Use Hope and Imagination as Weapons

[Photo courtesy Cleveland Magazine] Jesse Jackson works as campaign aide to Dr. Martin Luther King, Jr. in Cleveland to help elect Carl Stokes, first Black mayor of large American city.

[Photo courtesy Cleveland Magazine] Jesse Jackson works as campaign aide to Dr. Martin Luther King, Jr. in Cleveland to help elect Carl Stokes, first Black mayor of large American city.

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Demanding our Freedom

Now, when we come to Washington, in this campaign, we are coming to get our check.

The Poor People’s Campaign and Martin Luther King, Jr.’s work continues today. Project South, an organization working to eliminating poverty and genocide, encourages all people to get involved with their volunteer opportunities, popular education programs and street teams. To learn more about how poverty continues to affect us in the 21st century, Dr. Cornell West and Tavis Smiley’s Poverty Tour highlight the plight of poor people of all races, colors, and creeds.

A Letter from Birmingham Jail

Happy birthday Martin Luther King, Jr. Your courage, faith and activism continues to inspire us today.

Happy birthday Martin Luther King, Jr. Your courage, faith and activism continues to inspire us today.

16 April 1963

My Dear Fellow Clergymen:

While confined here in the Birmingham city jail, I came across your recent statement calling my present activities “unwise and untimely.” Seldom do I pause to answer criticism of my work and ideas. If I sought to answer all the criticisms that cross my desk, my secretaries would have little time for anything other than such correspondence in the course of the day, and I would have no time for constructive work. But since I feel that you are men of genuine good will and that your criticisms are sincerely set forth, I want to try to answer your statement in what I hope will be patient and reasonable terms.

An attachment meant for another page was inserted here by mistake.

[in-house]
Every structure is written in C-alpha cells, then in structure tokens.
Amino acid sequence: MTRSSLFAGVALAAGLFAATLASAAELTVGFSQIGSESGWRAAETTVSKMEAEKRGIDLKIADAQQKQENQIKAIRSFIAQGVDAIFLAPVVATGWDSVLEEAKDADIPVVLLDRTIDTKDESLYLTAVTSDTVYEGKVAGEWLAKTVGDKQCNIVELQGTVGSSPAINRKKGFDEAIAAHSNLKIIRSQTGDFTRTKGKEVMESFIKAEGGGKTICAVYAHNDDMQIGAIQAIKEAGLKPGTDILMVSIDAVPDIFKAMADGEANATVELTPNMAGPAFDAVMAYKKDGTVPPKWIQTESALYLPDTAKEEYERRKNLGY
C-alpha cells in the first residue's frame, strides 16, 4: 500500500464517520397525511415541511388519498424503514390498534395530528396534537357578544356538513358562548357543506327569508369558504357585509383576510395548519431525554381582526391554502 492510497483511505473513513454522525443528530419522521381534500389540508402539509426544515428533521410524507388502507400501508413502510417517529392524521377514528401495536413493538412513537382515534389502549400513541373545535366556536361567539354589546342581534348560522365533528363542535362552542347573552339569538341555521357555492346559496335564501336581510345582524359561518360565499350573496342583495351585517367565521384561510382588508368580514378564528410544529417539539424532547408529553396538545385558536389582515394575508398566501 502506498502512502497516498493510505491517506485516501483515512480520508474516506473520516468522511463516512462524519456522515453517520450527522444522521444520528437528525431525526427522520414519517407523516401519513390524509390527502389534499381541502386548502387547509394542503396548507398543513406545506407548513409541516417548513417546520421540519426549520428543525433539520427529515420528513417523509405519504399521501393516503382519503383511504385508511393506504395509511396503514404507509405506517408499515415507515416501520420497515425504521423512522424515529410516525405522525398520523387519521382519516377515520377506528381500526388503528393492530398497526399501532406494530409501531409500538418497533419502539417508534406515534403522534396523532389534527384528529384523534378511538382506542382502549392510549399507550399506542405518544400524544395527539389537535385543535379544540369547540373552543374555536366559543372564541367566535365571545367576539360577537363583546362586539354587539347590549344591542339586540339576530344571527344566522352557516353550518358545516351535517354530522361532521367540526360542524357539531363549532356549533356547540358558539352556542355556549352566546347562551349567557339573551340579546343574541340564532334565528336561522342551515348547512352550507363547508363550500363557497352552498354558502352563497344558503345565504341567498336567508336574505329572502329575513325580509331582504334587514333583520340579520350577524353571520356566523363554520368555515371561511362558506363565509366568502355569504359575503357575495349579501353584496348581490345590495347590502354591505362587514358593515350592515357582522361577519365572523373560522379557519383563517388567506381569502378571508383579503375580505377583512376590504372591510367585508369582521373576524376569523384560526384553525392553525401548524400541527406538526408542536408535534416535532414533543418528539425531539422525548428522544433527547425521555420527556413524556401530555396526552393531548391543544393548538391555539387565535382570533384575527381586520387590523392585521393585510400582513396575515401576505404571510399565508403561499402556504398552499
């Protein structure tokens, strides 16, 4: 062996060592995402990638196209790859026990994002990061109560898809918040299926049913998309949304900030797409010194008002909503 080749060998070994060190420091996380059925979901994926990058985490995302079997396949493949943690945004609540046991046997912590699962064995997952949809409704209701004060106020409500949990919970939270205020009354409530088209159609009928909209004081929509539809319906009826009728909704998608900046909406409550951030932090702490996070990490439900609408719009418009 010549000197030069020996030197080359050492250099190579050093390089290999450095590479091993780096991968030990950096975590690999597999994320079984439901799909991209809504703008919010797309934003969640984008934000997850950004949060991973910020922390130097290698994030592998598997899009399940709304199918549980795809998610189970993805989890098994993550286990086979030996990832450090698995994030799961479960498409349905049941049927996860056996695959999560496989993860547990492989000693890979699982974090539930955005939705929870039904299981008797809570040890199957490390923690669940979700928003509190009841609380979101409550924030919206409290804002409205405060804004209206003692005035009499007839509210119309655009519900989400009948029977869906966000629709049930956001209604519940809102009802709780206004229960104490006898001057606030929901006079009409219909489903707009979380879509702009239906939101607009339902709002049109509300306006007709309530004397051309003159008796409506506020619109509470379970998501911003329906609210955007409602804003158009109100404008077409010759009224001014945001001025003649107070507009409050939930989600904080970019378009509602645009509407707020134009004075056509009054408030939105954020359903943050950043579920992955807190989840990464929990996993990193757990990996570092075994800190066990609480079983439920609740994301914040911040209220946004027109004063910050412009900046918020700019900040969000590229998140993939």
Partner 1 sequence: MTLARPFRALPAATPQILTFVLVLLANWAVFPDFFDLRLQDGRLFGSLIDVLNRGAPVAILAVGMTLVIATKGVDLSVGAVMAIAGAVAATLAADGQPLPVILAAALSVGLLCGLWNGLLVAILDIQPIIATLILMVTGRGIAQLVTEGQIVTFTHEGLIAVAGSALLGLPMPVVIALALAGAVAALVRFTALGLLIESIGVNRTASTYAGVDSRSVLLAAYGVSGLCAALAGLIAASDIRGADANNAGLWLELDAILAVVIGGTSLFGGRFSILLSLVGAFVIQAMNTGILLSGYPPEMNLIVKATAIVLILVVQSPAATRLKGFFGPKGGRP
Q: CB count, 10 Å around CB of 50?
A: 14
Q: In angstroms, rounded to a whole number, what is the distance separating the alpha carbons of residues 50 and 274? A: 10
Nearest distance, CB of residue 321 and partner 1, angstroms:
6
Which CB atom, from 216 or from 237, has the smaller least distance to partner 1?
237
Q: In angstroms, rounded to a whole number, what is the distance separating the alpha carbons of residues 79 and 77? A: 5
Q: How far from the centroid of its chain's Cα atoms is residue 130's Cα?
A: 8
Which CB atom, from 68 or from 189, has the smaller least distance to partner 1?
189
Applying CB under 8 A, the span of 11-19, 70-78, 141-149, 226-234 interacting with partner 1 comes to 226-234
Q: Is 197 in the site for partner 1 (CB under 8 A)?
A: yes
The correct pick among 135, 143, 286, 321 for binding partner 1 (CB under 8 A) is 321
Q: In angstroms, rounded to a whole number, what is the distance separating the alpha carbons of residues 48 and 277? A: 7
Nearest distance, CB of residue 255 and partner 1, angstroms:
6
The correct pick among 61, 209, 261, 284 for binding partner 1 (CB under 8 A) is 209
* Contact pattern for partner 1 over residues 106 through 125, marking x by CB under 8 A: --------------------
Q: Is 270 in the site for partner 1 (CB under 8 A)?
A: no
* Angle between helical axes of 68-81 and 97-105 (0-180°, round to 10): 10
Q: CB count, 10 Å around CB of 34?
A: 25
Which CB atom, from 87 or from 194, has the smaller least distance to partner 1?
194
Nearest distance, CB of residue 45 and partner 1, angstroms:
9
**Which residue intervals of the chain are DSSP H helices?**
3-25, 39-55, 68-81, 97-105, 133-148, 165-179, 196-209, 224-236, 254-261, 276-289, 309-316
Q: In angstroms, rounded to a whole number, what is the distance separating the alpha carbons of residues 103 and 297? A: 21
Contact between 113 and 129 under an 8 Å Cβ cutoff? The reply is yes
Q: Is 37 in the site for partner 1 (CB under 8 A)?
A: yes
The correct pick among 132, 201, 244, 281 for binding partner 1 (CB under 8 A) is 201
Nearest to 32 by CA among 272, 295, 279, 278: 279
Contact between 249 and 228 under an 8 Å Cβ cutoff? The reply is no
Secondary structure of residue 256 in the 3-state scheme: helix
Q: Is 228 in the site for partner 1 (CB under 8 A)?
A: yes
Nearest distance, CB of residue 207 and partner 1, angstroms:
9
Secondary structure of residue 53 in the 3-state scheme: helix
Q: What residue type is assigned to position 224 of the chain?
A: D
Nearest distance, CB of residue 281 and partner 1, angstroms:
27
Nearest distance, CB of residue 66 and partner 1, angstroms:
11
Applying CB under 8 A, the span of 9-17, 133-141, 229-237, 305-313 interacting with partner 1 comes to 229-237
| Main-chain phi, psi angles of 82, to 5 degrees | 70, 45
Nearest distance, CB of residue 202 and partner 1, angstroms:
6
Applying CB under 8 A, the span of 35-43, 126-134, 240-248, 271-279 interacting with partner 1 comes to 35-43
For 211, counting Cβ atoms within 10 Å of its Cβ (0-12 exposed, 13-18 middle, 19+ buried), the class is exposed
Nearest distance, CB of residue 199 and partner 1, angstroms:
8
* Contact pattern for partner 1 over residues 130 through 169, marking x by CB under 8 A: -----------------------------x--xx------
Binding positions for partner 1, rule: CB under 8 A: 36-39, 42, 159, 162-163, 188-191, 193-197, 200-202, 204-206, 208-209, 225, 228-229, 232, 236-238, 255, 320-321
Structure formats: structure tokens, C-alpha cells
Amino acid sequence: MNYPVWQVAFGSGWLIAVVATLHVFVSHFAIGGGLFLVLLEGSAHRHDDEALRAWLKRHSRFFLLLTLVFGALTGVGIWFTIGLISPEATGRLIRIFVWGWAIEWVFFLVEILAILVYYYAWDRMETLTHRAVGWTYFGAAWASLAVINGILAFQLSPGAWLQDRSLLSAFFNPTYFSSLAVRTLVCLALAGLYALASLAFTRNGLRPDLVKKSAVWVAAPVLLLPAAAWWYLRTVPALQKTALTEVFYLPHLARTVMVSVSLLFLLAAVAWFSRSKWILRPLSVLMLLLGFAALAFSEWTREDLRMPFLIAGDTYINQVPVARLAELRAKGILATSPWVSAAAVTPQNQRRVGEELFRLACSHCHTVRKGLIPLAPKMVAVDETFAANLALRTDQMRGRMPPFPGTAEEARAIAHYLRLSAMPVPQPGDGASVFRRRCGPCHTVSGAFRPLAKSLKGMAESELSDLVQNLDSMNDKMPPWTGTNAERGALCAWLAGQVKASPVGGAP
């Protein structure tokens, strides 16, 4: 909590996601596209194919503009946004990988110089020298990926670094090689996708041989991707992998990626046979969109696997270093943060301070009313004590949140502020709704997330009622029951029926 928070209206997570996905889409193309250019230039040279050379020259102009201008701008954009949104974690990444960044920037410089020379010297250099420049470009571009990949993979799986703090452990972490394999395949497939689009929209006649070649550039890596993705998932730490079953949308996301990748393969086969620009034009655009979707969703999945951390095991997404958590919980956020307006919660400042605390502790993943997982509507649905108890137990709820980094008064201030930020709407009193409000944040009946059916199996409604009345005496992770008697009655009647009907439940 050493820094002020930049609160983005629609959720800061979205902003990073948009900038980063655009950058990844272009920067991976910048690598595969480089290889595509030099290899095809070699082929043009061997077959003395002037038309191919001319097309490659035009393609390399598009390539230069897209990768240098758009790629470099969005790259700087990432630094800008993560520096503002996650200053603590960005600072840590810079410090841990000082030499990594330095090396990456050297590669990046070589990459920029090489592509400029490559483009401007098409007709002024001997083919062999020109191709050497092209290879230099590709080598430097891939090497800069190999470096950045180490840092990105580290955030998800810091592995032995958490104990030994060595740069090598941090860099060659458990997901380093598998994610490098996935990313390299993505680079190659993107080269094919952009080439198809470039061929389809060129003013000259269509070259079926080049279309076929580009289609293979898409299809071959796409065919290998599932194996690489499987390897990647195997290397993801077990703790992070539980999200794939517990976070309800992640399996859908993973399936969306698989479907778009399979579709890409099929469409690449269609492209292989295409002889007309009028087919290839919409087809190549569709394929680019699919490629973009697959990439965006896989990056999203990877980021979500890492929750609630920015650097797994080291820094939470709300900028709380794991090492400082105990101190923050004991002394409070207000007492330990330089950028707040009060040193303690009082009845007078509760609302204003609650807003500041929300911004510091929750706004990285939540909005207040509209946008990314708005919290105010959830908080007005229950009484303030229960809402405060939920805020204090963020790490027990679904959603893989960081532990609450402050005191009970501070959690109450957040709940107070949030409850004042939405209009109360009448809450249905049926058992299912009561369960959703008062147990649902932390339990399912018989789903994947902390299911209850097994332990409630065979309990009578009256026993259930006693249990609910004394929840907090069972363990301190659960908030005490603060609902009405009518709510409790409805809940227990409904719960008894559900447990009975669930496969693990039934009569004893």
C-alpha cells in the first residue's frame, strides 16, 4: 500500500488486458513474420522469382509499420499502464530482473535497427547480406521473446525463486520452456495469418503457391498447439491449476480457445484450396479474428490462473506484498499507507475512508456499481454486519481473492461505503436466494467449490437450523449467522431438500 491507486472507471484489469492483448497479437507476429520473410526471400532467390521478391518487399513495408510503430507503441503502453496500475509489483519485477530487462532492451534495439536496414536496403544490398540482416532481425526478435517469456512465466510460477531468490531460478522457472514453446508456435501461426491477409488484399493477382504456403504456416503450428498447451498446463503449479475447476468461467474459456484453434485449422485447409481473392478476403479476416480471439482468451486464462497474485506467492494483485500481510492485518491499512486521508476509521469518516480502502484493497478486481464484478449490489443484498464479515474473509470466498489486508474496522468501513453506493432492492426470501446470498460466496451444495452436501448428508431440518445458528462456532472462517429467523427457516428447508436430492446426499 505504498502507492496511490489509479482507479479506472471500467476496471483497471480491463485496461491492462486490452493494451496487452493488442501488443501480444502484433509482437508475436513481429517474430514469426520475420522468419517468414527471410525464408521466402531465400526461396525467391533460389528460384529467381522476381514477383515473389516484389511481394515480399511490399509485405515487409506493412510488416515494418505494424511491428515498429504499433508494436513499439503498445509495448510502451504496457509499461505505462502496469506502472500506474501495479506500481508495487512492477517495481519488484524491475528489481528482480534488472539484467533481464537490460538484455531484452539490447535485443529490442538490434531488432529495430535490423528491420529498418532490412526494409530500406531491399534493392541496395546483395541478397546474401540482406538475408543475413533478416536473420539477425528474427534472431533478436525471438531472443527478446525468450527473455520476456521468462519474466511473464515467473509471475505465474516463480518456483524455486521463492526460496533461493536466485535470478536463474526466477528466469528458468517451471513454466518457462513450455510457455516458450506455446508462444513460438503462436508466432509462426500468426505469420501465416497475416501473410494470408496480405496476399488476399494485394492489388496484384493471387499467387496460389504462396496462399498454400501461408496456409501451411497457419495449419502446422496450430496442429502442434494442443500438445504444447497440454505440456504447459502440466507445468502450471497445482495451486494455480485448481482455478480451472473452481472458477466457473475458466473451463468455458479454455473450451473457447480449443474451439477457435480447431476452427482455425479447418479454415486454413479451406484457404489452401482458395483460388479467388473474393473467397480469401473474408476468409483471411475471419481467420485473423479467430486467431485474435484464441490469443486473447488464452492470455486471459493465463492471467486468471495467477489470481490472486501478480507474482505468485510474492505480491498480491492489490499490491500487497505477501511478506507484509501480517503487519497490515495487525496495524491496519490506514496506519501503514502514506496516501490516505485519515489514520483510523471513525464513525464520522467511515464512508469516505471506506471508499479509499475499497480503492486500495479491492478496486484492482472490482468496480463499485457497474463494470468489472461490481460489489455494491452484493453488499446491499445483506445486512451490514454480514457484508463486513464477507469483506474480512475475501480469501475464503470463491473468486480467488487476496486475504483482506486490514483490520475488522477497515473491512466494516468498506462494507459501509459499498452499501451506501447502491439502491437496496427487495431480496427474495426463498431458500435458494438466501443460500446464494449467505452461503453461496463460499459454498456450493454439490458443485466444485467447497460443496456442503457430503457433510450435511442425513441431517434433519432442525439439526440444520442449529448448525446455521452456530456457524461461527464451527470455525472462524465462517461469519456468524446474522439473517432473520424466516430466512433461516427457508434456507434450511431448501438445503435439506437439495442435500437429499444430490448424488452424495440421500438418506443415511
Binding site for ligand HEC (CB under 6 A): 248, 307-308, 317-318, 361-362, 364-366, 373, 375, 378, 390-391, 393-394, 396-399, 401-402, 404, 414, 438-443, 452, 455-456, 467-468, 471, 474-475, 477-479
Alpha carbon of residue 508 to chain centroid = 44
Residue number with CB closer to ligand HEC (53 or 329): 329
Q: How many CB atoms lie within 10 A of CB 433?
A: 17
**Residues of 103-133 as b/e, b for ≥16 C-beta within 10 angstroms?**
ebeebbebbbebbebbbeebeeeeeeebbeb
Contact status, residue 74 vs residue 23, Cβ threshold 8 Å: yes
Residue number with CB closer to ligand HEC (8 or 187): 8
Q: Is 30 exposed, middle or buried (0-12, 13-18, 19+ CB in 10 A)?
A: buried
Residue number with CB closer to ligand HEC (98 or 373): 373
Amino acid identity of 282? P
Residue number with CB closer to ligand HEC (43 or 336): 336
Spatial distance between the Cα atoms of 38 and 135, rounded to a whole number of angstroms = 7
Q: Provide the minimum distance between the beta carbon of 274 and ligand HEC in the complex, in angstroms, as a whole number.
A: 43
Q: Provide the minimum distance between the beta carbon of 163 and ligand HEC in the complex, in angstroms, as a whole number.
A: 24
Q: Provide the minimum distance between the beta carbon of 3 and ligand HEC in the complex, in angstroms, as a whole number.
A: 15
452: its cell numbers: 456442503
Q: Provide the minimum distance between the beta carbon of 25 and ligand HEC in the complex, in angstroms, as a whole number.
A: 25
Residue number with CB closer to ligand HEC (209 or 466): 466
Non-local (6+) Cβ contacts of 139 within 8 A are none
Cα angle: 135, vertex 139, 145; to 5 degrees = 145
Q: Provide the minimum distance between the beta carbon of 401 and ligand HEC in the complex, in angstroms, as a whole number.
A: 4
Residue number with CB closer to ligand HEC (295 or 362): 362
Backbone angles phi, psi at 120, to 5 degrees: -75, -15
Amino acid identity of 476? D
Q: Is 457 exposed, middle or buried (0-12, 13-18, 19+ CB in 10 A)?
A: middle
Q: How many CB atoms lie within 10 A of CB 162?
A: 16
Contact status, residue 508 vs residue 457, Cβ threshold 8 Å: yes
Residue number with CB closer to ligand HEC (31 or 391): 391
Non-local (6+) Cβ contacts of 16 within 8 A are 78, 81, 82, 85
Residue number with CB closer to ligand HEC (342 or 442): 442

I think I should indicate why I am here in Birmingham, since you have been influenced by the view which argues against “outsiders coming in.” I have the honor of serving as president of the Southern Christian Leadership Conference, an organization operating in every southern state, with headquarters in Atlanta, Georgia. We have some eighty five affiliated organizations across the South, and one of them is the Alabama Christian Movement for Human Rights. Frequently we share staff, educational and financial resources with our affiliates. Several months ago the affiliate here in Birmingham asked us to be on call to engage in a nonviolent direct action program if such were deemed necessary. We readily consented, and when the hour came we lived up to our promise. So I, along with several members of my staff, am here because I was invited here. I am here because I have organizational ties here.

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